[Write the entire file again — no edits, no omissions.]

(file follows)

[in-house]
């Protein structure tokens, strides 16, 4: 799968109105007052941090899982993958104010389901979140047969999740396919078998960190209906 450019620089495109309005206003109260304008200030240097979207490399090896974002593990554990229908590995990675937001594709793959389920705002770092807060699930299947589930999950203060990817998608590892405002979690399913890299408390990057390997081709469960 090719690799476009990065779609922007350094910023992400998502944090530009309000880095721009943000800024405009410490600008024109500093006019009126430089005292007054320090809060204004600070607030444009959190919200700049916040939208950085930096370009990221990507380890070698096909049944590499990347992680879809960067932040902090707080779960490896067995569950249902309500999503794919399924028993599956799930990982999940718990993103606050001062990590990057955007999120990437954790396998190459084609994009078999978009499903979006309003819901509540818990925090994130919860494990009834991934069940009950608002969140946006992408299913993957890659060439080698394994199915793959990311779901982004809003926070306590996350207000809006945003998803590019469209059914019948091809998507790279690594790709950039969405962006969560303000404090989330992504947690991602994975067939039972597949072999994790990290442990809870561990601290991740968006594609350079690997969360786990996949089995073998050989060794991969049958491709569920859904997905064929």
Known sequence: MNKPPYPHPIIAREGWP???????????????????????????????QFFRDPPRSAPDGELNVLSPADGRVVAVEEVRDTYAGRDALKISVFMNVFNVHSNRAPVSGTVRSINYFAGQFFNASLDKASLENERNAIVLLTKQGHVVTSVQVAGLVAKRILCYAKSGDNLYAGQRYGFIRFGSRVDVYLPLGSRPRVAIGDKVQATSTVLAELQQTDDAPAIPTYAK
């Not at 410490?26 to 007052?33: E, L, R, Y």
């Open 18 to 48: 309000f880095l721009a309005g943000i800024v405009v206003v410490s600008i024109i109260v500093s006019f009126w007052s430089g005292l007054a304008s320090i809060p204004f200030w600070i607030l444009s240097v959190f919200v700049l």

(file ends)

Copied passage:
[in-house]
């Protein structure tokens, strides 16, 4: 799968109105007052941090899982993958104010389901979140047969999740396919078998960190209906 450019620089495109309005206003109260304008200030240097979207490399090896974002593990554990229908590995990675937001594709793959389920705002770092807060699930299947589930999950203060990817998608590892405002979690399913890299408390990057390997081709469960 090719690799476009990065779609922007350094910023992400998502944090530009309000880095721009943000800024405009410490600008024109500093006019009126430089005292007054320090809060204004600070607030444009959190919200700049916040939208950085930096370009990221990507380890070698096909049944590499990347992680879809960067932040902090707080779960490896067995569950249902309500999503794919399924028993599956799930990982999940718990993103606050001062990590990057955007999120990437954790396998190459084609994009078999978009499903979006309003819901509540818990925090994130919860494990009834991934069940009950608002969140946006992408299913993957890659060439080698394994199915793959990311779901982004809003926070306590996350207000809006945003998803590019469209059914019948091809998507790279690594790709950039969405962006969560303000404090989330992504947690991602994975067939039972597949072999994790990290442990809870561990601290991740968006594609350079690997969360786990996949089995073998050989060794991969049958491709569920859904997905064929």
Known sequence: MNKPPYPHPIIAREGWP???????????????????????????????QFFRDPPRSAPDGELNVLSPADGRVVAVEEVRDTYAGRDALKISVFMNVFNVHSNRAPVSGTVRSINYFAGQFFNASLDKASLENERNAIVLLTKQGHVVTSVQVAGLVAKRILCYAKSGDNLYAGQRYGFIRFGSRVDVYLPLGSRPRVAIGDKVQATSTVLAELQQTDDAPAIPTYAK
């Not at 410490?26 to 007052?33: E, L, R, Y």
């Open 18 to 48: 309000f880095l721009a309005g943000i800024v405009v206003v410490s600008i024109i109260v500093s006019f009126w007052s430089g005292l007054a304008s320090i809060p204004f200030w600070i607030l444009s240097v959190f919200v700049l």